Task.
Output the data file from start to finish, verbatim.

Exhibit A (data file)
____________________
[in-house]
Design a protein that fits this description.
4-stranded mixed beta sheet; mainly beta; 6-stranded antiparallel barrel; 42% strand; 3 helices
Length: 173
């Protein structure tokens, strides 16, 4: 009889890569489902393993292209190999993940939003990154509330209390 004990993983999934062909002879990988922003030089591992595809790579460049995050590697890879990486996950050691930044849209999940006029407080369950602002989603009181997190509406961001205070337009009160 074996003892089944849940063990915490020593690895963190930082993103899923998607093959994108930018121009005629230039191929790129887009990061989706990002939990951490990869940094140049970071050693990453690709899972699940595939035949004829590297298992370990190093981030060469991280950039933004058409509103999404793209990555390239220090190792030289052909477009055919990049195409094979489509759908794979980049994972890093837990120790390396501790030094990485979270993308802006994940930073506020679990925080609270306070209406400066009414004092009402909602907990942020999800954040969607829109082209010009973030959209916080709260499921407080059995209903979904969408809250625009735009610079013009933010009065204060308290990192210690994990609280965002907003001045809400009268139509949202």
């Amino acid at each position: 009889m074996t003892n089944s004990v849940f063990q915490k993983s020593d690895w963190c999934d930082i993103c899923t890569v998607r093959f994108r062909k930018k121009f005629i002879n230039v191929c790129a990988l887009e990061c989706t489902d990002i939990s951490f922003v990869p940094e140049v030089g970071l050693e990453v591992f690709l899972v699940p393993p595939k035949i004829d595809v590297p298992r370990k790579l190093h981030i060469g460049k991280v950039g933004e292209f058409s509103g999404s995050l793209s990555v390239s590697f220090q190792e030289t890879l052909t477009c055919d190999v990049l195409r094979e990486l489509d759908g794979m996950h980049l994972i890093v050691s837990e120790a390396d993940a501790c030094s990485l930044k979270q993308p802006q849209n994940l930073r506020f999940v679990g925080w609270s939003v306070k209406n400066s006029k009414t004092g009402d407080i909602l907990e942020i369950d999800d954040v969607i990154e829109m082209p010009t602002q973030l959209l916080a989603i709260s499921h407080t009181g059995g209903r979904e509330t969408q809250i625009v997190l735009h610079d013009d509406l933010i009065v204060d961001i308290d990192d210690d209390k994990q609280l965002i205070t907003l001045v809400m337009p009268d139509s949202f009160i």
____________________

[in-house]
Design a protein that fits this description.
4-stranded mixed beta sheet; mainly beta; 6-stranded antiparallel barrel; 42% strand; 3 helices
Length: 173
């Protein structure tokens, strides 16, 4: 009889890569489902393993292209190999993940939003990154509330209390 004990993983999934062909002879990988922003030089591992595809790579460049995050590697890879990486996950050691930044849209999940006029407080369950602002989603009181997190509406961001205070337009009160 074996003892089944849940063990915490020593690895963190930082993103899923998607093959994108930018121009005629230039191929790129887009990061989706990002939990951490990869940094140049970071050693990453690709899972699940595939035949004829590297298992370990190093981030060469991280950039933004058409509103999404793209990555390239220090190792030289052909477009055919990049195409094979489509759908794979980049994972890093837990120790390396501790030094990485979270993308802006994940930073506020679990925080609270306070209406400066009414004092009402909602907990942020999800954040969607829109082209010009973030959209916080709260499921407080059995209903979904969408809250625009735009610079013009933010009065204060308290990192210690994990609280965002907003001045809400009268139509949202």
């Amino acid at each position: 009889m074996t003892n089944s004990v849940f063990q915490k993983s020593d690895w963190c999934d930082i993103c899923t890569v998607r093959f994108r062909k930018k121009f005629i002879n230039v191929c790129a990988l887009e990061c989706t489902d990002i939990s951490f922003v990869p940094e140049v030089g970071l050693e990453v591992f690709l899972v699940p393993p595939k035949i004829d595809v590297p298992r370990k790579l190093h981030i060469g460049k991280v950039g933004e292209f058409s509103g999404s995050l793209s990555v390239s590697f220090q190792e030289t890879l052909t477009c055919d190999v990049l195409r094979e990486l489509d759908g794979m996950h980049l994972i890093v050691s837990e120790a390396d993940a501790c030094s990485l930044k979270q993308p802006q849209n994940l930073r506020f999940v679990g925080w609270s939003v306070k209406n400066s006029k009414t004092g009402d407080i909602l907990e942020i369950d999800d954040v969607i990154e829109m082209p010009t602002q973030l959209l916080a989603i709260s499921h407080t009181g059995g209903r979904e509330t969408q809250i625009v997190l735009h610079d013009d509406l933010i009065v204060d961001i308290d990192d210690d209390k994990q609280l965002i205070t907003l001045v809400m337009p009268d139509s949202f009160i």